A few years ago, I brought home a gorgeous maroon sedum from a plant sale. I planted it in my front yard garden, only to come out one day and discover the plant gone and a sad-looking, leftover sprig lying abandoned on top of the soil. That was my first effort in figuring out how to propagate sedum—and how easy it is. I have an area in a raised bed that I use as a nurse garden or holding area for plants I don’t know what to do with. So I dug that sad piece of sedum into the soil to see what it would do.
I grow several different varieties of sedum plants in my gardens. I love that the plants are low-maintenance and drought tolerant, and attract pollinators. They’re also hardy and don’t mind being moved around. I’ve found some of my creeping sedums have popped up in unexpected places, like between the cracks of my concrete walkway. I’ll often gently yank them out and simply put them in the garden, covering the roots in soil. When I was planting the sedum mats for the front yard “carpet” that appeared in Gardening Your Front Yard, the odd piece would come loose, roots and all, so it was easy to just plant the sedum somewhere else in the garden.
Learning how to propagate sedum
If you want to create new plants to add to other areas of a garden, I’m going to explain how to propagate sedum a couple of different ways. Sedums are clumping or creeping. I have taller sedums, like ‘Autumn Joy’, which fall into the former category. And I also grow several varieties of groundcover sedums (that are considered creeping), which spread outwards or tumble over rocks out of small crevices. You’ll often find them in rock gardens, in the aforementioned sedum “carpet” placement, and on rooftops. All of these different varieties can easily be propagated to create new plants.
How to make new sedum plants by division
Clumping sedum plants eventually spread outwards. A dead area in the center of the plant is a good indication that the plant is ready to be divided. In the spring, as you start to see growth, gently dig around the whole crown of the plant. Use a soil knife to cut the plant into sections measuring about 12 inches (30 centimetres) in diameter. Replant a piece in its original spot, and dig in the new piece(s) in an area of the garden that has well-draining soil and full to part sun.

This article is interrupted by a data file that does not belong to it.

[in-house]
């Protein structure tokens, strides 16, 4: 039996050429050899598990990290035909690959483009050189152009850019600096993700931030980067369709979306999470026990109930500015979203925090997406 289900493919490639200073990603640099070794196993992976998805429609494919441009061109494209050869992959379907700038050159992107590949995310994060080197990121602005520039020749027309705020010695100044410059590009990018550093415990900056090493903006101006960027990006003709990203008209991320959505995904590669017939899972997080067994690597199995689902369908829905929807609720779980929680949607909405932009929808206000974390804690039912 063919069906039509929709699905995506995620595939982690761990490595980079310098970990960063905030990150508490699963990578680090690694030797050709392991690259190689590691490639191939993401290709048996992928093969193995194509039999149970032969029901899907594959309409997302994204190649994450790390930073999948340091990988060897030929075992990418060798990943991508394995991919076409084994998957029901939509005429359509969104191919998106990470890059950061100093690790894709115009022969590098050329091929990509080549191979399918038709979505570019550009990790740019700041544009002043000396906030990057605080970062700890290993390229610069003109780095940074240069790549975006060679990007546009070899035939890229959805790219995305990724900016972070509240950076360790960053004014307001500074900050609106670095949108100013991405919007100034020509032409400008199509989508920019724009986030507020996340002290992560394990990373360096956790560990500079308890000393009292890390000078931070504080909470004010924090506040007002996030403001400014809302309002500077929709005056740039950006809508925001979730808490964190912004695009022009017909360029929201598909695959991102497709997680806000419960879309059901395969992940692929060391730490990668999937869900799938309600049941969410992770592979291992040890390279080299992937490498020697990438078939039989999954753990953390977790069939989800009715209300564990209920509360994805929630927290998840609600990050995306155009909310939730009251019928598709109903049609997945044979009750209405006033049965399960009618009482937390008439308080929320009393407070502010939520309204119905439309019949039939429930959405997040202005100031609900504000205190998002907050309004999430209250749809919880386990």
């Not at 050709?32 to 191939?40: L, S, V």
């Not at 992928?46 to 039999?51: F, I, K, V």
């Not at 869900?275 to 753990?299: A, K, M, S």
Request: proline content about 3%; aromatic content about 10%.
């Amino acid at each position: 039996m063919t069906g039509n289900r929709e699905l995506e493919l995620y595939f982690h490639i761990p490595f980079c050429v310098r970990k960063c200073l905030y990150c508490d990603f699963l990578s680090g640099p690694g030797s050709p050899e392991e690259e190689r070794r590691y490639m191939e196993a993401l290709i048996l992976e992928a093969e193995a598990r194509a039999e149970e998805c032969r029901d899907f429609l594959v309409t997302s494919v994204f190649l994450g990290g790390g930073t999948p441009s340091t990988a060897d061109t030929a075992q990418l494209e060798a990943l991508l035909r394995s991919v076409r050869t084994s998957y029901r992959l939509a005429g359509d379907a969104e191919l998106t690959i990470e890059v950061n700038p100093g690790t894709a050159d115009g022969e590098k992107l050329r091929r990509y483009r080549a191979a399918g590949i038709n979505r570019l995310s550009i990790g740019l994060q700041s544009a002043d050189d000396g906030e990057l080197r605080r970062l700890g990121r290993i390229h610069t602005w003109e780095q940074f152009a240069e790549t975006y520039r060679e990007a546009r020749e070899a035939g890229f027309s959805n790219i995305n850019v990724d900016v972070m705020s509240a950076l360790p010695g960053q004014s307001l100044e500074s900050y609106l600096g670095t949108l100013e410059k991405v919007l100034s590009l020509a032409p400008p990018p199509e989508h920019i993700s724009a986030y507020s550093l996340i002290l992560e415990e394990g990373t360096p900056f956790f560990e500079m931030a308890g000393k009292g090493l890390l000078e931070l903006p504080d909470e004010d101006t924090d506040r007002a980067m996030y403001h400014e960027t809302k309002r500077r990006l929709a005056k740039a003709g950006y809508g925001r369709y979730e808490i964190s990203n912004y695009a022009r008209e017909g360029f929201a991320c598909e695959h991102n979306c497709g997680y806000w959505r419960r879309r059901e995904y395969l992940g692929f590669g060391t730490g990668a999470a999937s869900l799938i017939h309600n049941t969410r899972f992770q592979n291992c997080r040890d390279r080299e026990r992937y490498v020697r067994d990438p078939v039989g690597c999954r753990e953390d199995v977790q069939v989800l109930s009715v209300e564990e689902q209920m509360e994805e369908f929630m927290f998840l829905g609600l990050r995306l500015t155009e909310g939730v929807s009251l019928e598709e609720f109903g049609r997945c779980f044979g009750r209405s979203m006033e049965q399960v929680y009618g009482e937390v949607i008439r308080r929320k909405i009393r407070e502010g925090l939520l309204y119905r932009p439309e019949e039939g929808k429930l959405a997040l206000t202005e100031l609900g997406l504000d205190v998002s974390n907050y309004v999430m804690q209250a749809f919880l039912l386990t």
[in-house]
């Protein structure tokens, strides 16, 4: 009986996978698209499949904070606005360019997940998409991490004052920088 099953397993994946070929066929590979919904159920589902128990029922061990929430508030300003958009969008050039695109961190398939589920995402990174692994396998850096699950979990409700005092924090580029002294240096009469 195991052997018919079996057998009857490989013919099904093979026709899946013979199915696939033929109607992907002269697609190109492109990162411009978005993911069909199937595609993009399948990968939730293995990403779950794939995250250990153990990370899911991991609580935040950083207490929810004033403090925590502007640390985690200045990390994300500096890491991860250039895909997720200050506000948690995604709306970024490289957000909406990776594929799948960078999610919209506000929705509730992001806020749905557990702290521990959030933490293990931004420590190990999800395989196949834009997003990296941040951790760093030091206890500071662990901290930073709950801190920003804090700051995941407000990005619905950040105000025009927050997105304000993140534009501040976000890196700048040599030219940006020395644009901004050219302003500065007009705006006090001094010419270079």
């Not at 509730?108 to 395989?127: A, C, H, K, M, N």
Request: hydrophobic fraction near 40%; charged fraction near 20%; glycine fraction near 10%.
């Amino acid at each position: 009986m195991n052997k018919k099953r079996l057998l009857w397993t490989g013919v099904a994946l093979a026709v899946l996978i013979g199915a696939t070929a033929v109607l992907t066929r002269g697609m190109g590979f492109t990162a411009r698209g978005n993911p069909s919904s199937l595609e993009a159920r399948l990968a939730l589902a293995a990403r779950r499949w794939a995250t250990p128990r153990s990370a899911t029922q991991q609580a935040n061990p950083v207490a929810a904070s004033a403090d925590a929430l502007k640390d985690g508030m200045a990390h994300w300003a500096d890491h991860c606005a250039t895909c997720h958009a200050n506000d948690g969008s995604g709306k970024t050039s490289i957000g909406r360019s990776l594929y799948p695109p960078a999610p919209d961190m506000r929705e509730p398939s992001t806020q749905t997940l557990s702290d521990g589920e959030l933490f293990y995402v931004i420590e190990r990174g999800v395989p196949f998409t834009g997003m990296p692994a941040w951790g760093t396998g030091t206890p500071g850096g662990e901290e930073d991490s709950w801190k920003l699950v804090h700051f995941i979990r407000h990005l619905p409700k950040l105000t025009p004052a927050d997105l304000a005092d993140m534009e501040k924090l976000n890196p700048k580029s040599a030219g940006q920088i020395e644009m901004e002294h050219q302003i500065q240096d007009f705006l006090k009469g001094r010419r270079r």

How to propagate sedum from stem cuttings in water
Choose a stem from a healthy sedum plant that’s about six inches (15 cm) long, and make your cut using a clean pair of scissors below a leaf node. Gently remove any other leaves that would be sitting in the water. Place your stem in a jar filled with room temperature water or rainwater, so that it covers the leaf node (but not any leaves). Place your jar in a bright area, like a windowsill or outside on a sheltered patio table. Be sure to change the water every few days to prevent it from going stagnant and your stem from rotting.
Once you see roots starting to form, usually after a few weeks, you can plant your new sedum. Depending on when in the season you’ve taken your cutting (and where you live), you’ll either want to plant the sedum in the garden or plant it in a pot and overwinter it indoors to plant next spring. Propagating sedums earlier in the season means your plant will have time to become established in the garden before the winter.
How to propagate sedum in soil
When I found my sad-looking maroon sprig lying in my front yard garden, I simply planted it in an empty space in one of my raised beds. It rooted, overwintered, and in the spring, I moved my new plant back to the front yard garden where it still grows today.
If you’d like to plant your sedum in a container to display, or until it’s ready for the garden, plant that prepared stem in potting soil containing about 10 percent perlite. (Here are some tips on making your own potting soil.)
How to propagate sedum by layering
If you look closely at creeping sedum plants, you’ll notice that there are often roots already growing along the stem, even if they’re hanging over a rock! What you can do is gently pull out those pieces from the garden.
When you replant the sedum in another area of the garden, be sure to also cover those extra rooted stems with a small amount of soil. This will help you grow a new plant that’s actually still a part of the parent plant. Layering is best done in late spring or early summer